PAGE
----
There’s the common view of obesity that it’s due to increased fat and/or carbs in the American diet. And the statistics bear out that increase (Gregory L Austin, Lorraine G Ogden, James O Hill; Trends in carbohydrate, fat, and protein intakes and association with energy intake in normal-weight, overweight, and obese individuals: 1971–2006, The American Journal of Clinical Nutrition, Volume 93, Issue 4, 1 April 2011, Pages 836–843):
The prevalence of obesity increased from 11.9% to 33.4% in men and from 16.6% to 36.5% in women. The percentage of energy from carbohydrates increased from 44.0% to 48.7%, the percentage of energy from fat decreased from 36.6% to 33.7%, and the percentage of energy from protein decreased from 16.5% to 15.7%.
There’s an interesting note:
In NHANES 2005–2006, a 1% increase in the percentage of energy from protein was associated with a decrease in energy intake of 32 kcal (substituted for carbohydrates) or 51 kcal (substituted for fat).
What is the Protein Leverage Hypothesis?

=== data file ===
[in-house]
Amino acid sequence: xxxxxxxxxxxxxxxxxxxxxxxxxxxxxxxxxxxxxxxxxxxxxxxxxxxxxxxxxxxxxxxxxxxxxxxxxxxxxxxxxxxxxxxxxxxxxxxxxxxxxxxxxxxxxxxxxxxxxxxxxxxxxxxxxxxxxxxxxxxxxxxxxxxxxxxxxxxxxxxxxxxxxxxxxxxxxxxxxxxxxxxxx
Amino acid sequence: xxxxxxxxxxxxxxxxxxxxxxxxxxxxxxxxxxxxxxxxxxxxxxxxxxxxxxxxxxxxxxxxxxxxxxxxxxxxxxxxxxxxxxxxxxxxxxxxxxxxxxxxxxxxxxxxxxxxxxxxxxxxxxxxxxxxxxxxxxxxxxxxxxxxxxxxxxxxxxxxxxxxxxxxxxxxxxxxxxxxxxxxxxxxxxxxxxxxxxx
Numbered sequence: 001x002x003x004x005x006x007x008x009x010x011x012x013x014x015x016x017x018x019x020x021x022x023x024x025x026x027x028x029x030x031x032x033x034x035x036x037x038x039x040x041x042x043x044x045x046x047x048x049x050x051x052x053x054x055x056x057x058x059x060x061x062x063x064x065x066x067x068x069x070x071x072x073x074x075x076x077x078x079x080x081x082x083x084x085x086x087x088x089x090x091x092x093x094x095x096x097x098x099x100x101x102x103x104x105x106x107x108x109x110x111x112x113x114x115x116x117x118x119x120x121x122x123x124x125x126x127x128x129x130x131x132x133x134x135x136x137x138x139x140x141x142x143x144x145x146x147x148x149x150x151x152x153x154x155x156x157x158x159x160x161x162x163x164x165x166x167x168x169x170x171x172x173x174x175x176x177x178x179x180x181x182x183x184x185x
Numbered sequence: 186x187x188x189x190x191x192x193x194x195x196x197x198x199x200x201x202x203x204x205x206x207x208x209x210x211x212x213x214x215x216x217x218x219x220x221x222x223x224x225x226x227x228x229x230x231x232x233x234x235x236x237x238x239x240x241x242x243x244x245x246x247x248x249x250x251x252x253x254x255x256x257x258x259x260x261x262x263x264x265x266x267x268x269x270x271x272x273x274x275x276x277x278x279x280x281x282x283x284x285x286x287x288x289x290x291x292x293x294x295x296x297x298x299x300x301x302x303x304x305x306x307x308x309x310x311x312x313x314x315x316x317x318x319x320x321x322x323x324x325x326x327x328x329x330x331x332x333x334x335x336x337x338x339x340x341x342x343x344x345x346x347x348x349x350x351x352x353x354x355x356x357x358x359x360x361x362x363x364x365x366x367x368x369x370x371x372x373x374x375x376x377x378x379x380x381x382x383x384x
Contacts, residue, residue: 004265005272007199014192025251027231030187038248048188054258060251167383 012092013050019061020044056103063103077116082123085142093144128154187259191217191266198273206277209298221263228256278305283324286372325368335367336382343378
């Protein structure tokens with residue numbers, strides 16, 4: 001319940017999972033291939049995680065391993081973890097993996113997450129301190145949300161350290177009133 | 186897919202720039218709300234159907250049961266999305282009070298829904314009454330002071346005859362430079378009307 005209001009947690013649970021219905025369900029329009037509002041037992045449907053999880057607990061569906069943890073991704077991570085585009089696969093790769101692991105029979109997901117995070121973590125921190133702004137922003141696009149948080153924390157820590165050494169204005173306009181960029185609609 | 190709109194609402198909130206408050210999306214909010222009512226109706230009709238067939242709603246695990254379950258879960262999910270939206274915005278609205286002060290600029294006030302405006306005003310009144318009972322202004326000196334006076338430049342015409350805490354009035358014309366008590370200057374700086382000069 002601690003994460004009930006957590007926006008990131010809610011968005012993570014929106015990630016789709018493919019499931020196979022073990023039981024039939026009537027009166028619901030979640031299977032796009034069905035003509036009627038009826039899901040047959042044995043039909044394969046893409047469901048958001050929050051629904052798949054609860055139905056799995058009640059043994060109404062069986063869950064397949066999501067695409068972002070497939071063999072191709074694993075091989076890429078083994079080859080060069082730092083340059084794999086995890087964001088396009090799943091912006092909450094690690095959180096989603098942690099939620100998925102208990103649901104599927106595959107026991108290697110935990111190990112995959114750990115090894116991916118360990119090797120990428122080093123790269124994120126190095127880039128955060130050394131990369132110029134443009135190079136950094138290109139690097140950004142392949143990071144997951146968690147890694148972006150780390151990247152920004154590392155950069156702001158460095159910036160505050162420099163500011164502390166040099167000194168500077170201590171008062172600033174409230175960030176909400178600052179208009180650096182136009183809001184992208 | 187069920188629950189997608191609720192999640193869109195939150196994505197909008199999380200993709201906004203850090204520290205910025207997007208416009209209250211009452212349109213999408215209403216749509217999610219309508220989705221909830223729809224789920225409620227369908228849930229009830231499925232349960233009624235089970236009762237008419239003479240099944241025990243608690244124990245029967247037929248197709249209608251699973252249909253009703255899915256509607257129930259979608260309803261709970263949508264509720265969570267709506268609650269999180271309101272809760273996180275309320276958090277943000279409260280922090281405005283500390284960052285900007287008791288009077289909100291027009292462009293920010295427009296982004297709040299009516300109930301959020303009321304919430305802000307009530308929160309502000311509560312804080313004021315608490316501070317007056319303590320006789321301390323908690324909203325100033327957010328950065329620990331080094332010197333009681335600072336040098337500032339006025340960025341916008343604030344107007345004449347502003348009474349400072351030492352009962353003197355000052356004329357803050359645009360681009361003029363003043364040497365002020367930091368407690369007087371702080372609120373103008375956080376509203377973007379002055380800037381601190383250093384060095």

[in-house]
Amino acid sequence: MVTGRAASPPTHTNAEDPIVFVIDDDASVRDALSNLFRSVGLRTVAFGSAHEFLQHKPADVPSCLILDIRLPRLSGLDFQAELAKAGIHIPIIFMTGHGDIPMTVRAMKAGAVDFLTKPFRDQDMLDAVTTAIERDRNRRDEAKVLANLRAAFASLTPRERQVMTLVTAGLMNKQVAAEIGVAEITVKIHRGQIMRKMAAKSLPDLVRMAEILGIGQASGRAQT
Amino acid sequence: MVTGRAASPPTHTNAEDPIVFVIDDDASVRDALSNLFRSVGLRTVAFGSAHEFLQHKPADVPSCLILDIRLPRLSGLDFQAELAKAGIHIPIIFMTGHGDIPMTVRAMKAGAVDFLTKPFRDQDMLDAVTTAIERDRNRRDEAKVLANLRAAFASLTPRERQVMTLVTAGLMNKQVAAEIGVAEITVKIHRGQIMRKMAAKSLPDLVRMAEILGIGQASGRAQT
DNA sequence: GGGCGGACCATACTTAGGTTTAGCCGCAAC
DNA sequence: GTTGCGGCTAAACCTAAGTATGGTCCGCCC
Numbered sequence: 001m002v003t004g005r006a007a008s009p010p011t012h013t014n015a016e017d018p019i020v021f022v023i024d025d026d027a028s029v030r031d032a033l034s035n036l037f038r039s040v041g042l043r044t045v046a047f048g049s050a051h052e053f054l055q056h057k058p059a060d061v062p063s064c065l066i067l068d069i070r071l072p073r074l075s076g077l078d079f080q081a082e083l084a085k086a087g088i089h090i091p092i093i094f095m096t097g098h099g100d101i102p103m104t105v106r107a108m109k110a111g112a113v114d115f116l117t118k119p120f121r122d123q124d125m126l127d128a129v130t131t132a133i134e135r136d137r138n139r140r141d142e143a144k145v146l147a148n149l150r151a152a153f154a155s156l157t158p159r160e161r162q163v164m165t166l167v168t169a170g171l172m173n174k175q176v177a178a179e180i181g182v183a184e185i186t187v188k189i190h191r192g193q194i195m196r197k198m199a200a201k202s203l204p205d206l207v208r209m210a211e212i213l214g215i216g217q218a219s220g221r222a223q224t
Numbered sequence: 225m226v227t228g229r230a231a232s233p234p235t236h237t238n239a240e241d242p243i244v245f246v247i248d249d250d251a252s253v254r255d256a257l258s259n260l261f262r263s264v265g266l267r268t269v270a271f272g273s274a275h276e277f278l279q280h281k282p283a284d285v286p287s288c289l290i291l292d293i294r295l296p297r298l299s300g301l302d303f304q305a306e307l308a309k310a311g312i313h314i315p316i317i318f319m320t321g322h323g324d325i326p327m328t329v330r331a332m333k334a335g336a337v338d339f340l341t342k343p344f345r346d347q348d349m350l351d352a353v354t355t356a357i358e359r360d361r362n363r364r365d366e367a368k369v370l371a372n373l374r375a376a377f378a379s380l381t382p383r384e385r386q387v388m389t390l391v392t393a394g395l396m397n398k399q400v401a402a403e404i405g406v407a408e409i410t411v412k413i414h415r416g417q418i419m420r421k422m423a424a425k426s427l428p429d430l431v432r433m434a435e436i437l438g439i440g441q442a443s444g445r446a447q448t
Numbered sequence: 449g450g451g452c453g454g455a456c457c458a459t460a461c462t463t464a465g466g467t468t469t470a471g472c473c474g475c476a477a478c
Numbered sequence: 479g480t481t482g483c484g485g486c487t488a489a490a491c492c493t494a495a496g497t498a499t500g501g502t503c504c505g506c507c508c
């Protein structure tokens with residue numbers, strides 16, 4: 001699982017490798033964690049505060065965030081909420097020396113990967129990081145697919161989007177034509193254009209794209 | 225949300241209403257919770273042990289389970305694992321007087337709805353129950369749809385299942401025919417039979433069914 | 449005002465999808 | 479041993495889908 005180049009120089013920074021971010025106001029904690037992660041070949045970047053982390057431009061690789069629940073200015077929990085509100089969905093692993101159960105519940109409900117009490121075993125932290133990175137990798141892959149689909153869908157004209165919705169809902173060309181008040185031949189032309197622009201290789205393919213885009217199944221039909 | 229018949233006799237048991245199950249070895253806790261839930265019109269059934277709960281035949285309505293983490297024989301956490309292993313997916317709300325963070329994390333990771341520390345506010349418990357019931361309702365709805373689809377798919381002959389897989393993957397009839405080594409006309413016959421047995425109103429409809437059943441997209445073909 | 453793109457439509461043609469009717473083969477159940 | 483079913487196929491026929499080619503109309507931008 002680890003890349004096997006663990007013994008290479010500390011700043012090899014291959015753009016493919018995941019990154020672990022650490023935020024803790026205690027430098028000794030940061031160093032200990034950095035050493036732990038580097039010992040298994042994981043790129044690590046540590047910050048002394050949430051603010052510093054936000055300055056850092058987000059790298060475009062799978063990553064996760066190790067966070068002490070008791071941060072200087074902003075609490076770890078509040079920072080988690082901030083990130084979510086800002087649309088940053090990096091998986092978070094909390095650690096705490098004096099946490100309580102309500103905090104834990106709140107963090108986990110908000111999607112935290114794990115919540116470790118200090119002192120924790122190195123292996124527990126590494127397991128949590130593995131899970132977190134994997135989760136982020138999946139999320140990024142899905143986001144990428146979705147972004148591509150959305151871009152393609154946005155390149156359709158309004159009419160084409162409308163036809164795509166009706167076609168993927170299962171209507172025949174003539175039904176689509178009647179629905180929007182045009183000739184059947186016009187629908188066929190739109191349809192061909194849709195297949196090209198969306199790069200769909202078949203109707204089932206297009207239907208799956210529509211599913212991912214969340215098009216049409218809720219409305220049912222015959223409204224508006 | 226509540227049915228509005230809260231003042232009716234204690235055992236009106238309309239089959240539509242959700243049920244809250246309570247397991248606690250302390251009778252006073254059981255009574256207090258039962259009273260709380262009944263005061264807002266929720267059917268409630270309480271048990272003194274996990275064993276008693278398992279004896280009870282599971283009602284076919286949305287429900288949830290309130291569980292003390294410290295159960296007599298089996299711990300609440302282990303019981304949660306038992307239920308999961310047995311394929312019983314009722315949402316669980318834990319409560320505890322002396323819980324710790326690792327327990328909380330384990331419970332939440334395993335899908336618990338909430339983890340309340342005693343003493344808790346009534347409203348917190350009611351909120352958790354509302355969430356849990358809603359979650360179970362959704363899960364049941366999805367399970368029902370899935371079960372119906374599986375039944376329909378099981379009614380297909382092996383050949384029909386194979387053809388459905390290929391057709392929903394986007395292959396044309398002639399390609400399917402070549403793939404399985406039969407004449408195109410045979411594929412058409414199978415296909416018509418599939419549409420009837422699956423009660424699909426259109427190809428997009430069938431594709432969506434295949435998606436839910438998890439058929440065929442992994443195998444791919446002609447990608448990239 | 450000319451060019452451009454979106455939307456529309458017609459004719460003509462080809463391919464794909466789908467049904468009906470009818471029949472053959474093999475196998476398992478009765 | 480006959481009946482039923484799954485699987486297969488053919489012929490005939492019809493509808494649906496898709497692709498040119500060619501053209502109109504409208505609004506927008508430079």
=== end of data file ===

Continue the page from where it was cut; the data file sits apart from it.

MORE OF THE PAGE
The central claim is that protein is being displaced by increasing amount of carbs and fat. From this paper (Alison K. Gosby , Arthur D. Conigrave, Namson S. Lau, Miguel A. Iglesias, Rosemary M. Hall, Susan A. Jebb, Jennie Brand-Miller, Ian D. Caterson, David Raubenheimer, Stephen J. Simpson. Testing Protein Leverage in Lean Humans: A Randomised Controlled Experimental Study. PLoS ONE 6(10): e25929.):
The ‘protein leverage hypothesis’ proposes that a dominant appetite for protein in conjunction with a decline in the ratio of protein to fat and carbohydrate in the diet drives excess energy intake and could therefore promote the development of obesity.
The study found:
In our study population a change in the nutritional environment that dilutes dietary protein with carbohydrate and fat promotes overconsumption, enhancing the risk for potential weight gain.
Here’s the chart showing the differences:
From the study:
Simpson and Raubenheimer (Simpson, S. J. and Raubenheimer, D. (2005), Obesity: the protein leverage hypothesis. Obesity Reviews, 6: 133-142.) used data from the FAOSTAT  nutrient-supply database to show that an estimated decrease in percent dietary protein from 14% to 12.5% between 1961 and 2000 in the USA was associated with a 14% increase in non-protein energy intake, with absolute protein intake remaining almost constant.